Expectant mum and wildlife warrior Carly Wilson lives on the Gold Coast and has spent much of her working life caring for animals. So while researching gender reveal parties online and discovering just how prevalent the use of helium balloons in not only gender reveal celebrations is, but in all aspects of celebratory life is, she sets out to get to the bottom of why balloon releases are not considered littering when they are so harmful to the environment.
The first important discovery is that the research – the Burchette or “Oak Leaf” study – that the balloon industry bases their claims that “all latex balloons are biodegradable” on, is troubling at best. The study is not peer reviewed, was never published in a scientific journal, is completely out of date and does not include any research regarding balloons’ biodegradability in salt water. Yet time and time again, despite the evidence literally washing up on our shores and in the stomachs of sea turtles and other marine wildlife, this research is brought out as a fail safe catch all for the balloon industry.
There is an obvious agenda going on in Rubber Jellyfish, as with most documentary films, but at the heart of this handmade journey into the environmental impacts of balloon releases is a crusade to simply educate the public, industry stakeholders and those who have the power to make widespread, lasting impact through policy and change. The overwhelming impression of what Carly discovers is that people, companies, governments, and the balloon industry itself do not realise that balloons do not biodegrade in salt water the same way they do on land, in creek water, or in the ground. They do not know that balloon waste is such a prevalent feature in turtles that are dying from a gut impaction. It seems from what has been collected by both environmental groups along beaches and by veterinarians out of the digestive systems of marine wildlife, in particular sea turtles, that helium balloons do not even break up the way the balloon industry has been saying since the release of the Oak Leaf study. Rather than shattering into small pieces and scattering over large areas as the study suggests, balloons seem to shatter in a way that makes them look, floating in water, almost indistinguishable from jellyfish.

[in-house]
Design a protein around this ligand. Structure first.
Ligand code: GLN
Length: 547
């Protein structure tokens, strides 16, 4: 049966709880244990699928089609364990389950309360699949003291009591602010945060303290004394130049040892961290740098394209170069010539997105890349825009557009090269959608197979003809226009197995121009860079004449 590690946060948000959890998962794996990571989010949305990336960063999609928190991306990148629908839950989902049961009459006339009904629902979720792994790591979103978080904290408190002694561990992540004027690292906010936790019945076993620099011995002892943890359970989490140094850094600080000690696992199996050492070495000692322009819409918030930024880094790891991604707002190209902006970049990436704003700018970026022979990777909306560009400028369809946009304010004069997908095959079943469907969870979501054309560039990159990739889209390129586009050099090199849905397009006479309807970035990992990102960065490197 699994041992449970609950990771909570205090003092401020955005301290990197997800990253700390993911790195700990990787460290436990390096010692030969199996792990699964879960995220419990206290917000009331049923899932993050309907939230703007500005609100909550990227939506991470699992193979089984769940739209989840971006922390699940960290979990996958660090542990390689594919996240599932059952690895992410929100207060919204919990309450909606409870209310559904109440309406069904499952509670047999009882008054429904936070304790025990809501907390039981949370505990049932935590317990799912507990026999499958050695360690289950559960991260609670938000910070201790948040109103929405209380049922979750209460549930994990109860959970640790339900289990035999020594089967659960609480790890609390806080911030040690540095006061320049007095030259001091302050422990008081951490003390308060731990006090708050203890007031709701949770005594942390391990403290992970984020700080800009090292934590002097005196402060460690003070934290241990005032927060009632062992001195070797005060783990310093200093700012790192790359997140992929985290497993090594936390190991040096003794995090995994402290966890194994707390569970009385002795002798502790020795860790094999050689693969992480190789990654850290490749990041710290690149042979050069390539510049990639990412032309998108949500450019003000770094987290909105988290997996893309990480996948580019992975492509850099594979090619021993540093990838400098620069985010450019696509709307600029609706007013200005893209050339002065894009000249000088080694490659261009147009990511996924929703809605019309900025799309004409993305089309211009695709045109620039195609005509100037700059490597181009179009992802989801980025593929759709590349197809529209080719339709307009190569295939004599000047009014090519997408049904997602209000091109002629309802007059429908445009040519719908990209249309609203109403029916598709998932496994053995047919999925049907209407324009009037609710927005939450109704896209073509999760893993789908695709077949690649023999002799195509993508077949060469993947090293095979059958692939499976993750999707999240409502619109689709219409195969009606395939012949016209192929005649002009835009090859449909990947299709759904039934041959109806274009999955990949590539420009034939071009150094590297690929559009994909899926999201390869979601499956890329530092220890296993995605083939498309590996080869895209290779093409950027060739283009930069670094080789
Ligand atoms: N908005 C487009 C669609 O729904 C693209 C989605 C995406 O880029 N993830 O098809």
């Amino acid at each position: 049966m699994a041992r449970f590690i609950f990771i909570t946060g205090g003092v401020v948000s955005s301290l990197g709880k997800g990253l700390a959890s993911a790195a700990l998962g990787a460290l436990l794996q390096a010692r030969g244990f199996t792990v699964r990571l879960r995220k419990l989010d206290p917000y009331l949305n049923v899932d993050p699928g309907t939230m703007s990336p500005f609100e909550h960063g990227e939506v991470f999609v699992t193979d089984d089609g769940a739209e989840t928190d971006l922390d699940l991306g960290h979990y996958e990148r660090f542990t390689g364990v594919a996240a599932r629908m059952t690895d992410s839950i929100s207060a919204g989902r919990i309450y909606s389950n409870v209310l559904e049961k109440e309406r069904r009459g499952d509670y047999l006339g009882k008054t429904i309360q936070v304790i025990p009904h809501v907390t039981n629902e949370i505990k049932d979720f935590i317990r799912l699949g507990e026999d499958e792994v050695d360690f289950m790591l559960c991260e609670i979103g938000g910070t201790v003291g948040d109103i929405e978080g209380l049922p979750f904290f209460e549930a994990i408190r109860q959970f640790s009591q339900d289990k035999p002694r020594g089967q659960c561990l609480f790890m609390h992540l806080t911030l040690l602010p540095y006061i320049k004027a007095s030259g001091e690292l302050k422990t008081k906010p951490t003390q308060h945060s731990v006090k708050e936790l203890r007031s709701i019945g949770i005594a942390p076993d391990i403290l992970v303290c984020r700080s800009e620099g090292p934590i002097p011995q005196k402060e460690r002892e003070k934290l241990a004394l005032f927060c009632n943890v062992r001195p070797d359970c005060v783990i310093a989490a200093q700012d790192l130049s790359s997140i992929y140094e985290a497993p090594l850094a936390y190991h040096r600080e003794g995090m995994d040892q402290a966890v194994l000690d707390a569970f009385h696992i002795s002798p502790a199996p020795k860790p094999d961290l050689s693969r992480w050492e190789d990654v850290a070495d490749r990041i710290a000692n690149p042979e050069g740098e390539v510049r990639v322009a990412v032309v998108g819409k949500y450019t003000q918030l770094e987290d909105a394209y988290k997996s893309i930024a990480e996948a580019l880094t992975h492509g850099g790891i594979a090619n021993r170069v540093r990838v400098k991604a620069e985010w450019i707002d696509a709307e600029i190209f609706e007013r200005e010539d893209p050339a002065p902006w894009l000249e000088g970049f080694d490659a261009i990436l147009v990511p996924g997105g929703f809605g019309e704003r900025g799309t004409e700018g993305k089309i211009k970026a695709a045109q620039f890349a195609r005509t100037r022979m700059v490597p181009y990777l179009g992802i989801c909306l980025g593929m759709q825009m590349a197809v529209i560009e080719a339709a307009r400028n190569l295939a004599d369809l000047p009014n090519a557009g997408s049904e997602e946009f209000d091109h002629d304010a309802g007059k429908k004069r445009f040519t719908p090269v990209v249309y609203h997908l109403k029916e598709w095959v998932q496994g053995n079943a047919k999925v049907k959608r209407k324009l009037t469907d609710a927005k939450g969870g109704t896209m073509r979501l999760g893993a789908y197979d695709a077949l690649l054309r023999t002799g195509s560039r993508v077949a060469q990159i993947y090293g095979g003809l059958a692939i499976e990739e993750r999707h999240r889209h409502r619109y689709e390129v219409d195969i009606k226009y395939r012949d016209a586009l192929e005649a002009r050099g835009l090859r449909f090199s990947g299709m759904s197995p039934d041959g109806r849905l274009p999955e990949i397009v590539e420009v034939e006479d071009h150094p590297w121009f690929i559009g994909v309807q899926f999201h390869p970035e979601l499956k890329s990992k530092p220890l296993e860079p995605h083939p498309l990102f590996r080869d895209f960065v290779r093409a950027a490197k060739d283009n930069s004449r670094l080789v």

It is heartening to see so many people in varying walks of life trying to do something about helium balloon waste in our environment whether it be as simple as organising a beach clean up day, or lobbying the biggest balloon release culprits to change their ways. It is disheartening however that the biggest impacts in this fight are being made by individuals and not by our government, or indeed the balloon industry itself.
Rubber Jellyfish presents an important environmental issue we all need to learn more about. Who among us has not partaken in a balloon release or accidentally let one go as a child? In Primary School my class tied notes to helium balloons and released them in the hopes we would get pen pals. My balloon was answered by someone in Queensland, a girl in another class had hers answered by someone in New Zealand.
In Queensland the release of balloons into the environment is considered littering. This move was not a very popular one at the time and if you want to know why the decision was made, go and see Rubber Jellyfish.
There are limited screenings of Rubber Jellyfish via Demand.Film in various locations including Cinema Nova on 6th December. For screenings see here. Alternatively, you can host your own screening.